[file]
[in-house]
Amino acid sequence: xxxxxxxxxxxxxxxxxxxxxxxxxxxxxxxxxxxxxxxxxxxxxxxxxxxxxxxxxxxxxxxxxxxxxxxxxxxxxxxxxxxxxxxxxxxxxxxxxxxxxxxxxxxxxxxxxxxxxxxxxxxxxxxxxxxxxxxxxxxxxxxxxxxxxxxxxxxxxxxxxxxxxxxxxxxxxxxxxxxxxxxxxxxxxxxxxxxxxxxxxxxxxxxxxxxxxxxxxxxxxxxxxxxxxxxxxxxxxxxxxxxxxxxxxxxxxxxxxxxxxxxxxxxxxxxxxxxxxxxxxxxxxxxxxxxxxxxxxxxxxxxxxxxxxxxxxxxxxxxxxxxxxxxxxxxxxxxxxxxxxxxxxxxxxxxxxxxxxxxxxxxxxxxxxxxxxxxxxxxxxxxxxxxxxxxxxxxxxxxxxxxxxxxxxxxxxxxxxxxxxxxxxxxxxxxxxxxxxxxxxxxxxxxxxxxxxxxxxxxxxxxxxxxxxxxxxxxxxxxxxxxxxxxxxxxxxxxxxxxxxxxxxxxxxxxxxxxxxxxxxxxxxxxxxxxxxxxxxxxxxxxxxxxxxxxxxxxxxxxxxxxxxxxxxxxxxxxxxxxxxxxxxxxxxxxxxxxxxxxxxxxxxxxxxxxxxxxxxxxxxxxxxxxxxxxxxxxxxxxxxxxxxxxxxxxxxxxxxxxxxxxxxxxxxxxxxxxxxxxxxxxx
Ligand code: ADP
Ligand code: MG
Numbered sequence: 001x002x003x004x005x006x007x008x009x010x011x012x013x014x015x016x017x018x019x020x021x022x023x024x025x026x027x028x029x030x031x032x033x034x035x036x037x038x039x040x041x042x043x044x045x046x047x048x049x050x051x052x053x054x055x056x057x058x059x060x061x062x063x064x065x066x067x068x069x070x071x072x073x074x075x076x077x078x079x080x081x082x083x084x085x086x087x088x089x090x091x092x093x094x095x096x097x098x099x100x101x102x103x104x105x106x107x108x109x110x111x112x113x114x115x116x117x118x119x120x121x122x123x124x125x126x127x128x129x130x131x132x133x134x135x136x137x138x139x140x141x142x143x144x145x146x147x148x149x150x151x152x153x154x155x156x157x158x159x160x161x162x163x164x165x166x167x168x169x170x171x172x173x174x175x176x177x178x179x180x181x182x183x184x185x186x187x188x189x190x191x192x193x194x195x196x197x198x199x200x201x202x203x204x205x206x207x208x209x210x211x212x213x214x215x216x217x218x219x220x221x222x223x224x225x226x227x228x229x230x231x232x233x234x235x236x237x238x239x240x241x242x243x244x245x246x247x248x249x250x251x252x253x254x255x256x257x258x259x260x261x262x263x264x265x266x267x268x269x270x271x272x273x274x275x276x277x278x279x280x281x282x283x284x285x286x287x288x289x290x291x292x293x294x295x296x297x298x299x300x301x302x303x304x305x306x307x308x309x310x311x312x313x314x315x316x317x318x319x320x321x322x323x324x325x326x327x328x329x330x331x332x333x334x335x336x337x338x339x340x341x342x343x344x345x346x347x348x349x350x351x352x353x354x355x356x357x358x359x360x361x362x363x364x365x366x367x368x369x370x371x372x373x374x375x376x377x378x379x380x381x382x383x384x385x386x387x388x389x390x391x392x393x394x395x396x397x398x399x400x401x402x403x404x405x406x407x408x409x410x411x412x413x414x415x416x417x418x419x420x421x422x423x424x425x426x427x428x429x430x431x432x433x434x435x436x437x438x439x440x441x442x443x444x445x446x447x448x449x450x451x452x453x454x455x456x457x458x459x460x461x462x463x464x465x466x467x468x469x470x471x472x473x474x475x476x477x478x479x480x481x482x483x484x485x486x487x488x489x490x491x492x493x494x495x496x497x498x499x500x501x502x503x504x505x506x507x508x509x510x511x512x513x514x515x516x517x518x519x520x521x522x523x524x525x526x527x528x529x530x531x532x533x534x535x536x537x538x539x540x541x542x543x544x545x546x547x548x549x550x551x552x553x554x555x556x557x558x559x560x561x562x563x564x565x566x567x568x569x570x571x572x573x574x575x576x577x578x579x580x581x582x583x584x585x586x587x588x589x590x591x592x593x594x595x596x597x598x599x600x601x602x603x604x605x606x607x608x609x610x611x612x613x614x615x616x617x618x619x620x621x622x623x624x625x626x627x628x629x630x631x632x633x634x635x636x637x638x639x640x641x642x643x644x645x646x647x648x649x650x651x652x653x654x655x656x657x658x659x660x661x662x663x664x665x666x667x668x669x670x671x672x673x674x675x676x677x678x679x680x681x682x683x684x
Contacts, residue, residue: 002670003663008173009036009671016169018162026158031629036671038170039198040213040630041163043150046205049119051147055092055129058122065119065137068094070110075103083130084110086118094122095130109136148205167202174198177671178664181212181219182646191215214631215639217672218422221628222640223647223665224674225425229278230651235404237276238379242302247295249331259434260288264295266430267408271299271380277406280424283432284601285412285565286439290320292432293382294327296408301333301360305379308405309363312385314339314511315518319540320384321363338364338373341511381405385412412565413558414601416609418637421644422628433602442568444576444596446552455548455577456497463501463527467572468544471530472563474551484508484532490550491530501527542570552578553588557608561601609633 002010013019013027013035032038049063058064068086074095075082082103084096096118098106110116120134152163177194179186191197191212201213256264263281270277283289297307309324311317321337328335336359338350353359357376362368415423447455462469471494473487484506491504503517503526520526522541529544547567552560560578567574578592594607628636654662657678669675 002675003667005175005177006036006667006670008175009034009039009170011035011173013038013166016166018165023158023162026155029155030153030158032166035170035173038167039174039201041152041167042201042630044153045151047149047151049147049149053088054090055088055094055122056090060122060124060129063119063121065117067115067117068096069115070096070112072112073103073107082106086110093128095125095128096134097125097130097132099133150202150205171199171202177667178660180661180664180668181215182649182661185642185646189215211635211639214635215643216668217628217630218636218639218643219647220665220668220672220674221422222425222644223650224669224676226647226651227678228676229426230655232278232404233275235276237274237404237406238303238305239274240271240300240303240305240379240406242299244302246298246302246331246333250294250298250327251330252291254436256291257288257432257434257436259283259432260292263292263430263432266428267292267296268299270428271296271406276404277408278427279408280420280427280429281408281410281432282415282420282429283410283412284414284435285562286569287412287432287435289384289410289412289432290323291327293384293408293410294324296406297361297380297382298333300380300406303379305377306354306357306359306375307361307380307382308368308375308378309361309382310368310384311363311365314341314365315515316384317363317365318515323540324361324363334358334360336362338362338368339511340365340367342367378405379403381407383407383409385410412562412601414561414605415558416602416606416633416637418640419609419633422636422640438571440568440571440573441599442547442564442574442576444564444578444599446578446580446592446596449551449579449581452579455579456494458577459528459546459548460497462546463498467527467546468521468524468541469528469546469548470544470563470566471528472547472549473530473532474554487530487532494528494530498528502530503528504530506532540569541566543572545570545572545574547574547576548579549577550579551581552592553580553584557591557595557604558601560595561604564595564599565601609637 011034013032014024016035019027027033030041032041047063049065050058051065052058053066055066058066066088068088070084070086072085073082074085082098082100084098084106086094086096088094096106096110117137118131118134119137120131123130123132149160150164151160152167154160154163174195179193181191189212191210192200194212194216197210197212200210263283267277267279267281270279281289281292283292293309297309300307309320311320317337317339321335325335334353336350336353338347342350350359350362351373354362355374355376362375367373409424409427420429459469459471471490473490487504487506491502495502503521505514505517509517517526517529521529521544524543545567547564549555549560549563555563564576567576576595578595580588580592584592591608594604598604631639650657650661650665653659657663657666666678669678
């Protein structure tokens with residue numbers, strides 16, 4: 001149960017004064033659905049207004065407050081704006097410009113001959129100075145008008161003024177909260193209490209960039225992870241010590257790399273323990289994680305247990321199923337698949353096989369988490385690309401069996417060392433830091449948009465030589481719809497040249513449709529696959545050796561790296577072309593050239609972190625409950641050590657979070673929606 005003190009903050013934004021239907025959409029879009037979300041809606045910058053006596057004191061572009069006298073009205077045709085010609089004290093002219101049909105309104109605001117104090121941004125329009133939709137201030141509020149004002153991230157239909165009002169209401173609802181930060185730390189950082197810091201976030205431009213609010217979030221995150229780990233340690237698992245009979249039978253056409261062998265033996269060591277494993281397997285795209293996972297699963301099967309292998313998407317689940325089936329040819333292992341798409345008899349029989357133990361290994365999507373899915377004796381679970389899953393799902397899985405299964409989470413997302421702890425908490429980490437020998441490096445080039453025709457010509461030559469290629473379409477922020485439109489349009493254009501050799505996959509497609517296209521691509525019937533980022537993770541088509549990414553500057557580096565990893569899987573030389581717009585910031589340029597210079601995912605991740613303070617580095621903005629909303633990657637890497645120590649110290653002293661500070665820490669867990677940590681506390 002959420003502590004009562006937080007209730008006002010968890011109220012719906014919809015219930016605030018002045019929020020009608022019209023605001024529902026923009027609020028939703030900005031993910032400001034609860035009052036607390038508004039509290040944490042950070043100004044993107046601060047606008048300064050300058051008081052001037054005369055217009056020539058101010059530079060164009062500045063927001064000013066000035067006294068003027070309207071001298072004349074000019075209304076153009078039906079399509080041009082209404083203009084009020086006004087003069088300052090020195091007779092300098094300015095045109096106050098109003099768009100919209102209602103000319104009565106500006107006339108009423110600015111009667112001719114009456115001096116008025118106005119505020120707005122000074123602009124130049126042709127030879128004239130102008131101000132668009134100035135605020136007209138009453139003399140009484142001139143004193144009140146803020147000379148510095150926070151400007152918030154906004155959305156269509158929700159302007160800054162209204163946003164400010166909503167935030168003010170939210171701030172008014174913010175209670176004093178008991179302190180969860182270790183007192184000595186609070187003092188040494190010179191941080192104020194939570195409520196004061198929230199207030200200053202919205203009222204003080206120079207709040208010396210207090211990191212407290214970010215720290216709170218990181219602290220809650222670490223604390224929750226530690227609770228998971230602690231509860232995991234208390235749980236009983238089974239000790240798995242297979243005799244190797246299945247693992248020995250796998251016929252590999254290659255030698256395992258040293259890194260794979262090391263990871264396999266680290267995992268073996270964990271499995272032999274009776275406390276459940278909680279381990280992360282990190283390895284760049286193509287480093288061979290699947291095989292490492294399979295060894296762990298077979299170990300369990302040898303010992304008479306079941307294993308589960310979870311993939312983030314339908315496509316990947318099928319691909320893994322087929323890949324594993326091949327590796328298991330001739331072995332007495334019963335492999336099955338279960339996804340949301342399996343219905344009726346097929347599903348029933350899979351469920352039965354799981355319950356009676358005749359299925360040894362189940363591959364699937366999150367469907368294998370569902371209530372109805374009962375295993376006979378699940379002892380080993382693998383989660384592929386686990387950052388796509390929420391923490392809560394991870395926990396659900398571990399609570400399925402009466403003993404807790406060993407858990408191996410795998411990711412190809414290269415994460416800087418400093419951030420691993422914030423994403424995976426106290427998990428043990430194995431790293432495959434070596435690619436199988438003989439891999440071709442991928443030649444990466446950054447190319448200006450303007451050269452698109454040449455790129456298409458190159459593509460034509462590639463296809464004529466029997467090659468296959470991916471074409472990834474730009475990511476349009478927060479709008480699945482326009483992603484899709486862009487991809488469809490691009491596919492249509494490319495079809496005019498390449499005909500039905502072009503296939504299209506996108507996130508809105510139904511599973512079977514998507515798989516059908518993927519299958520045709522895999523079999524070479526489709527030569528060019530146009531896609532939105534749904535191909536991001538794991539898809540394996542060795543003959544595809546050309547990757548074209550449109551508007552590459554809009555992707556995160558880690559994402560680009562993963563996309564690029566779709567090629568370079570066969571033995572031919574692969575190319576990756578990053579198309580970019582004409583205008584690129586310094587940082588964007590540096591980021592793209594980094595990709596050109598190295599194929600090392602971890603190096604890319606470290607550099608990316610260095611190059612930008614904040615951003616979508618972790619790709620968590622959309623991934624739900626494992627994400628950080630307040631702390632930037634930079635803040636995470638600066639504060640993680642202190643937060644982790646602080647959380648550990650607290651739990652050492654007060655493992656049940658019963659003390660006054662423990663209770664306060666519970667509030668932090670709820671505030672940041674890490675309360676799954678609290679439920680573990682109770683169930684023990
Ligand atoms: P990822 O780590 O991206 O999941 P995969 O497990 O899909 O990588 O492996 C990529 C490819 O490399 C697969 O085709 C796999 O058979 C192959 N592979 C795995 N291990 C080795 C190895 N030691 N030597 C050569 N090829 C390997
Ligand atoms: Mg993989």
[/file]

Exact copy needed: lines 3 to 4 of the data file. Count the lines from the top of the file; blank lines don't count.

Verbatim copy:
Ligand code: ADP
Ligand code: MG